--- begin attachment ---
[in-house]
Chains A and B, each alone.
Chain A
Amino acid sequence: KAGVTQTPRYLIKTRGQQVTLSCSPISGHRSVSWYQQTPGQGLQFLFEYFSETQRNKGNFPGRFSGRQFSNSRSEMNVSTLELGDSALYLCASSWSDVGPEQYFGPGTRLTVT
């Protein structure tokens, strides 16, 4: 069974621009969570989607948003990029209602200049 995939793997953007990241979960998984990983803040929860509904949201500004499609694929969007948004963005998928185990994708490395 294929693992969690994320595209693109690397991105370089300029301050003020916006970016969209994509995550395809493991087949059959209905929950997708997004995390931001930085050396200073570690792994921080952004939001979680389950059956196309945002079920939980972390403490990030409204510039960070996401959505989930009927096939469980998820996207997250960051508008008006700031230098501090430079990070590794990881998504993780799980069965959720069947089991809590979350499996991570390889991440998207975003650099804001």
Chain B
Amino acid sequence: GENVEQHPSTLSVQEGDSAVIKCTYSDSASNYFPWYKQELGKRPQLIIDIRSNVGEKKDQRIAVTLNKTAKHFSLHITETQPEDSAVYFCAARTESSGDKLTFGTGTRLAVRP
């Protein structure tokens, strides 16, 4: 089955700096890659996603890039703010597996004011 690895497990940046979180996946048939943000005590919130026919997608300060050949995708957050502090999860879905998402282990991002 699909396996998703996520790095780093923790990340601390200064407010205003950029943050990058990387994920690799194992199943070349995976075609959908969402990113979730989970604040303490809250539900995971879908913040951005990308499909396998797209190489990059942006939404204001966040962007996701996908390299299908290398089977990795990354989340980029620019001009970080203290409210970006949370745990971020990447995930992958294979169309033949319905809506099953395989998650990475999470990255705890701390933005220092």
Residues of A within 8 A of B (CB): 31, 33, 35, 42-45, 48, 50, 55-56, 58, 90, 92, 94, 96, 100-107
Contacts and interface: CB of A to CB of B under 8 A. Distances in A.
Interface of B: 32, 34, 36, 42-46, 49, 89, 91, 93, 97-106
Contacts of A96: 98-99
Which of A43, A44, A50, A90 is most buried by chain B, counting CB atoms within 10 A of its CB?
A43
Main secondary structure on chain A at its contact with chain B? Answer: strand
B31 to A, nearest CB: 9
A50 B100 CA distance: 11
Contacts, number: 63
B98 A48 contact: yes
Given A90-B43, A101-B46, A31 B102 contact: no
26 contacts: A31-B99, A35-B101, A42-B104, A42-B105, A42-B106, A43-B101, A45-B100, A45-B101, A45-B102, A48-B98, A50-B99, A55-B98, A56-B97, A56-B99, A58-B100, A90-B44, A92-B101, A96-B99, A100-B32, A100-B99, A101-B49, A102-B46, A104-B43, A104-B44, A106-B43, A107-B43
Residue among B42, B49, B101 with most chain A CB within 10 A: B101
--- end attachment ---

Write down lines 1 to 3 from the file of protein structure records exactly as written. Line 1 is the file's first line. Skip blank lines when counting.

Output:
[in-house]
Chains A and B, each alone.
Chain A